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On a recent walk along New York City’s Union Square Park, I came across a beautiful sight: walking in 95-degree humid heat, I saw fountains and fountains of cold, clean, and free drinking water. A city employee, wearing a ‘NYC Water’ t-shirt, urged me to hydrate and drink some of “the best tap water in the world.” Not used to such humidity and heat, I took this as a much-welcomed request (I live in San Francisco where it is 60 degrees as I write this).
After some prolonged gulps, I heard the man explain the virtues of New York City’s tap water: “It’s Healthy, It’s Affordable, It’s Green, and It’s Convenient.” New Yorkers profess that their tap water is indeed “the purest and tastiest” in the world. This summer, the New York Department of the Environment is rolling out an environmental education campaign on city streets to inform residents of just that–and to discourage people from buying bottled water.
Leon Kaye covered the story earlier this month, but to recap: The city’s Water-On-the-Go program sets up water fountains in high-traffic, visible locations at public plazas, greenmarkets and parks around Manhattan. The Water-On-the-Go fountains first appeared on July Fourth and will continue to pop up around the city until Labor Day.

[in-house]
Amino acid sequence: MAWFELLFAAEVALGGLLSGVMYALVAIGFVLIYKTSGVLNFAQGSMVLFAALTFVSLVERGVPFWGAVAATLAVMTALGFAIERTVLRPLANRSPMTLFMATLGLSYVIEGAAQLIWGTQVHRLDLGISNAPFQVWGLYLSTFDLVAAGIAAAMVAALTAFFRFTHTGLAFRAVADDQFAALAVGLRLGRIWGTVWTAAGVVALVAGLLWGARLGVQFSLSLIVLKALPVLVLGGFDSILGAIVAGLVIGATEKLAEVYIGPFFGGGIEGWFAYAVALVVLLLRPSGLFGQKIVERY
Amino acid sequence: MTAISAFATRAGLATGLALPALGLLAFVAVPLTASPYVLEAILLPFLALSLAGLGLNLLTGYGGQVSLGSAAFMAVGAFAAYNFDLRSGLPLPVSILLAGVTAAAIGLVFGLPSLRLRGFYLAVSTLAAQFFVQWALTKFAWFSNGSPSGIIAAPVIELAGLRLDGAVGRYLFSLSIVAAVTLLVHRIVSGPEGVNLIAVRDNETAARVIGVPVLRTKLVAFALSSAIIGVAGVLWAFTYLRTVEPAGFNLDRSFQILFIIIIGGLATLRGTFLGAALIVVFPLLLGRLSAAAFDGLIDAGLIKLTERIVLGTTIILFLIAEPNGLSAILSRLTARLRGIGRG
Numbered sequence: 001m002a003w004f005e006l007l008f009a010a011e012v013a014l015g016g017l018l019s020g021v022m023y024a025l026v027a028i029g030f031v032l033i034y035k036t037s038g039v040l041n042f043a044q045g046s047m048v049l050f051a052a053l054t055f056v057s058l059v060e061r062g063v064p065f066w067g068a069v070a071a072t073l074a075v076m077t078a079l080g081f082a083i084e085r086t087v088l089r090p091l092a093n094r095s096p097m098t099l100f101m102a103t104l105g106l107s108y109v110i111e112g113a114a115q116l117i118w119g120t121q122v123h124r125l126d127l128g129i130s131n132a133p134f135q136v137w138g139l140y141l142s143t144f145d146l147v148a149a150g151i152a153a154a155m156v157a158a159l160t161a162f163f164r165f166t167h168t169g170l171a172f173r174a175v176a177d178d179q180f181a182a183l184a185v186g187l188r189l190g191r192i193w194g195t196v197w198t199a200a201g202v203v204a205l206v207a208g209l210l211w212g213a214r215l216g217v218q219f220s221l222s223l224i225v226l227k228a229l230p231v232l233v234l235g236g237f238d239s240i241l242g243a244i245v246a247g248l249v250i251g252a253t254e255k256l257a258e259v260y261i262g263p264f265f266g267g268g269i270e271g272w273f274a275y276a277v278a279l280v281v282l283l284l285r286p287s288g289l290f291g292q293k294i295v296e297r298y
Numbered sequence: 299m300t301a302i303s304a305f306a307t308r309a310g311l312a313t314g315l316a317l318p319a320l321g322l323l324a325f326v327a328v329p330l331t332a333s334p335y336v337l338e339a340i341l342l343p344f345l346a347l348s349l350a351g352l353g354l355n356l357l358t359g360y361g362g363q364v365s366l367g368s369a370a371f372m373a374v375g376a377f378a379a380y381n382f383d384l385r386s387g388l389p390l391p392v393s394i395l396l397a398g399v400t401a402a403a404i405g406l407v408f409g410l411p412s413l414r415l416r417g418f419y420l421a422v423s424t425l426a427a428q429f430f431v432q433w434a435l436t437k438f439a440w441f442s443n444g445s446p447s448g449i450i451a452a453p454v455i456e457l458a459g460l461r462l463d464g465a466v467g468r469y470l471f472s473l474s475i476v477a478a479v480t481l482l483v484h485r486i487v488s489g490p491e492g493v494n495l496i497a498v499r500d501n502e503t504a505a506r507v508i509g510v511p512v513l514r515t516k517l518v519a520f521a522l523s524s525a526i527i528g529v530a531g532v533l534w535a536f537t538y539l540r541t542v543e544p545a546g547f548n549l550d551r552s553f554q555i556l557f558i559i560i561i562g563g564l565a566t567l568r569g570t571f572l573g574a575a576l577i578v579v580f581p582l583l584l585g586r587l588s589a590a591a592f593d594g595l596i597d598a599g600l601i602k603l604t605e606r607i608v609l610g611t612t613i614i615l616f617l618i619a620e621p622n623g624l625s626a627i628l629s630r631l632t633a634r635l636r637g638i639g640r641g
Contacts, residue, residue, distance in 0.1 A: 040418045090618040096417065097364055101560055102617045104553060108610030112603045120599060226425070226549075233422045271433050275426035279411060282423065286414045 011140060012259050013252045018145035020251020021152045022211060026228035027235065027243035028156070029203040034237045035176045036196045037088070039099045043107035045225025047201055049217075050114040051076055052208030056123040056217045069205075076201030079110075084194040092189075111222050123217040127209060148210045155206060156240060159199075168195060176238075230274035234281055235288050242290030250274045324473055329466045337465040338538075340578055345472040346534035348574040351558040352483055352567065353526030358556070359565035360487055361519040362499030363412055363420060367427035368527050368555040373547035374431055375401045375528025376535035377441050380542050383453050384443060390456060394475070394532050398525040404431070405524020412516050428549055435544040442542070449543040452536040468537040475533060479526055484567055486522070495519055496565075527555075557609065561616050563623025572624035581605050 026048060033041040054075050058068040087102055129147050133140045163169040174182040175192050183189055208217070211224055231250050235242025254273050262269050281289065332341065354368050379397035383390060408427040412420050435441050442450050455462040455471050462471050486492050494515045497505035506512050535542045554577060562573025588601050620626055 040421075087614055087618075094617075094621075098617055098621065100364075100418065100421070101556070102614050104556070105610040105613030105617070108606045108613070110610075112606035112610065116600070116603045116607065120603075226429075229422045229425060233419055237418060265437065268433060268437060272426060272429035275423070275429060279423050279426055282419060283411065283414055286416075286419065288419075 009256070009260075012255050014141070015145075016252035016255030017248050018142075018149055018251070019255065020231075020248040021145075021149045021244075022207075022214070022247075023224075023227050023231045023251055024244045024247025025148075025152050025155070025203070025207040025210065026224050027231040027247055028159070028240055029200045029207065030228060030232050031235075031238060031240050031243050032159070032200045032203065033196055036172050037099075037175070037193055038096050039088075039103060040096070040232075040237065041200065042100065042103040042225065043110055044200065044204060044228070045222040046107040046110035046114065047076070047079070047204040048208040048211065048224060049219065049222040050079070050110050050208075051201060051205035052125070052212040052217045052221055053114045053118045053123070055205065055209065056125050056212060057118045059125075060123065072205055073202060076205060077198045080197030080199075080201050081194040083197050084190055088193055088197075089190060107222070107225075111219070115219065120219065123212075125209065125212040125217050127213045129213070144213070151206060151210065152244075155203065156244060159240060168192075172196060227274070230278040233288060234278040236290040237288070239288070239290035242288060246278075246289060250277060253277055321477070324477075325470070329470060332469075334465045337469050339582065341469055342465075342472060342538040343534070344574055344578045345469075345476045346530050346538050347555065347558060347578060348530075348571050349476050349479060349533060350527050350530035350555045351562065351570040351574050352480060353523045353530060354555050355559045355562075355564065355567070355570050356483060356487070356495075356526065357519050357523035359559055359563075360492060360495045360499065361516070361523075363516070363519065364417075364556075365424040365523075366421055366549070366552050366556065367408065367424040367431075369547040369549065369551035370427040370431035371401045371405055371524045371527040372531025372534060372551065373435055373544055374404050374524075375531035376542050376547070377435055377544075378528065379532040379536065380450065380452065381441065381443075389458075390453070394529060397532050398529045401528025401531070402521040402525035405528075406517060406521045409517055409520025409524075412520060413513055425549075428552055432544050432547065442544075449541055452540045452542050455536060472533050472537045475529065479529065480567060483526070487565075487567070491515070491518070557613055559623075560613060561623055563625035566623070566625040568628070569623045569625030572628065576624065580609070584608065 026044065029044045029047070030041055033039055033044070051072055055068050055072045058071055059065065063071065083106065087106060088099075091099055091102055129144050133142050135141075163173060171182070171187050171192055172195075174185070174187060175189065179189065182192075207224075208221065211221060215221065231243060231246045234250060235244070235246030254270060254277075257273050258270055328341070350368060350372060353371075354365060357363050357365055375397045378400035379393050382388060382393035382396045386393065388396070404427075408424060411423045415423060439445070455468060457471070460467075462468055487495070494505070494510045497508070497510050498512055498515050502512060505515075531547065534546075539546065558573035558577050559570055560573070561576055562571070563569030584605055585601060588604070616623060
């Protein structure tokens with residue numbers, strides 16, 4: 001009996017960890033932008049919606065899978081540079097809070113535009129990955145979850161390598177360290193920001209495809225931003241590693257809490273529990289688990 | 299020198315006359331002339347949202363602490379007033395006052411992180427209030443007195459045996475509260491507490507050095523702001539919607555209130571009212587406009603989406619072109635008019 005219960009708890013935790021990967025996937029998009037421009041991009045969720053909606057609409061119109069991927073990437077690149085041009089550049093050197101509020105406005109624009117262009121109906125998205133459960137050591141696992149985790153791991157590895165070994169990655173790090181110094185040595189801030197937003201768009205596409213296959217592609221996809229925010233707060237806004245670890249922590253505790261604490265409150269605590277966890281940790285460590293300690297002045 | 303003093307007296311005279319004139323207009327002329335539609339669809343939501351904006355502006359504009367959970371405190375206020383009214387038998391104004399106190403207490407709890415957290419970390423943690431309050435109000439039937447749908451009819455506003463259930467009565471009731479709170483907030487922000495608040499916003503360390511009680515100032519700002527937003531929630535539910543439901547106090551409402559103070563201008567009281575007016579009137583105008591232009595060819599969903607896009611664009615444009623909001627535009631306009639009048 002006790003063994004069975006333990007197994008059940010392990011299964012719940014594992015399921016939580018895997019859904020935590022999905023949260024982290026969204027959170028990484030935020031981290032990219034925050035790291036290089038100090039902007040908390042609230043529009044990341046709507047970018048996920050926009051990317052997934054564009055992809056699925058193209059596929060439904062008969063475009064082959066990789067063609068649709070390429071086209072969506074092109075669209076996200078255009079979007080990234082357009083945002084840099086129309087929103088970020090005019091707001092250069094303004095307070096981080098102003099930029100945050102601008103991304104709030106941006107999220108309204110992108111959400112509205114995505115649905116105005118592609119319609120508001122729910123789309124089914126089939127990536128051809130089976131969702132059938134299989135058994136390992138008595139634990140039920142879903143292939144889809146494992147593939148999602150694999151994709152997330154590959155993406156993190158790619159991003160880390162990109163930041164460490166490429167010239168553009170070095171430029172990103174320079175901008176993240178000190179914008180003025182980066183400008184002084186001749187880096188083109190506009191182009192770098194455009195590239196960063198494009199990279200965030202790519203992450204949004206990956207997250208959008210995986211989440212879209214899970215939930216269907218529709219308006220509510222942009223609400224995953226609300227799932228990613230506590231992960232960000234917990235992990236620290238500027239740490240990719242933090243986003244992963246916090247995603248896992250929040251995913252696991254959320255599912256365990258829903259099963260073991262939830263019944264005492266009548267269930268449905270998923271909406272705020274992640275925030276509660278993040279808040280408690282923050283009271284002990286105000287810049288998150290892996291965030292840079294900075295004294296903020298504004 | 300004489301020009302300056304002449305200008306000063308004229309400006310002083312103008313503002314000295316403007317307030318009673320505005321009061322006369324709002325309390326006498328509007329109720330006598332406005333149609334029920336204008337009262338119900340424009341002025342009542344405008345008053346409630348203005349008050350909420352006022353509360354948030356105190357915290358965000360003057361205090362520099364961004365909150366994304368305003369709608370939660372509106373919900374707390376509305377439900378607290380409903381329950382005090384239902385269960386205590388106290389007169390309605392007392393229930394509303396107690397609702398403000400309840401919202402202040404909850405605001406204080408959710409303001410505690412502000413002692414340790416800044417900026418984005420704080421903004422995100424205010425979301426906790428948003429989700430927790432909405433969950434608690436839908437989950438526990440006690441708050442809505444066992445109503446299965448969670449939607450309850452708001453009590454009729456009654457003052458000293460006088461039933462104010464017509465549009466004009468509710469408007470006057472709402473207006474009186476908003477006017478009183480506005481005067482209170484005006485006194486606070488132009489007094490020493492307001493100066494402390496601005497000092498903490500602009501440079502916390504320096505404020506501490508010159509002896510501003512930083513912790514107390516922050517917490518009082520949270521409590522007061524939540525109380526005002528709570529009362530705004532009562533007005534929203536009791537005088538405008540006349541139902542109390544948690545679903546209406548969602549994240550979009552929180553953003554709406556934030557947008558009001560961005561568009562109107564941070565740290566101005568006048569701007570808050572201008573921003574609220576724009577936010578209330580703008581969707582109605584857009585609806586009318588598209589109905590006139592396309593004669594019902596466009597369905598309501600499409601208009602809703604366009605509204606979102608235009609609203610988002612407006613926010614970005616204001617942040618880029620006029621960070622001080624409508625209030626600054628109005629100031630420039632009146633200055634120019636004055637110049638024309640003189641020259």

Three-thousand miles away in San Francisco, another city that claims to have “the best tap water in the nation,” another anti-bottled water education campaign is underway. Last December, the San Francisco Department of the Environment announced partnerships with GlobalTap and TapIt to promote “on the go” access to the city’s great-tasting Hetch Hetchy water–and to reduce waste from the use of plastic bottled water. GlobalTap’s drinking water refilling stations and TapIt’s list of restaurants and cafes where people on-the-go can refill their water bottle make access to clean tap water convenient . Both projects are also in line with San Francisco’s official stance on bottled water; in 2007 Mayor Gavin Newsom banned the purchase of bottled water in city offices.
From the Catskill Mountains to the Hetch Hetchy Valley, clean (and free) drinking water flows into people’s homes and out of faucet taps. But still, more than half of all Americans purchase $4 billion in bottled water each year–even though most bottled water is pretty much the same as tap water. Despite the creativity and visibility of New York City’s and San Francisco’s “water on the go” campaigns, I wonder: will these programs convince people to let go of their designer bottled water, and instead fill up with tap?
What do you think makes an effective environmental education campaign? Let us know; post your comments below!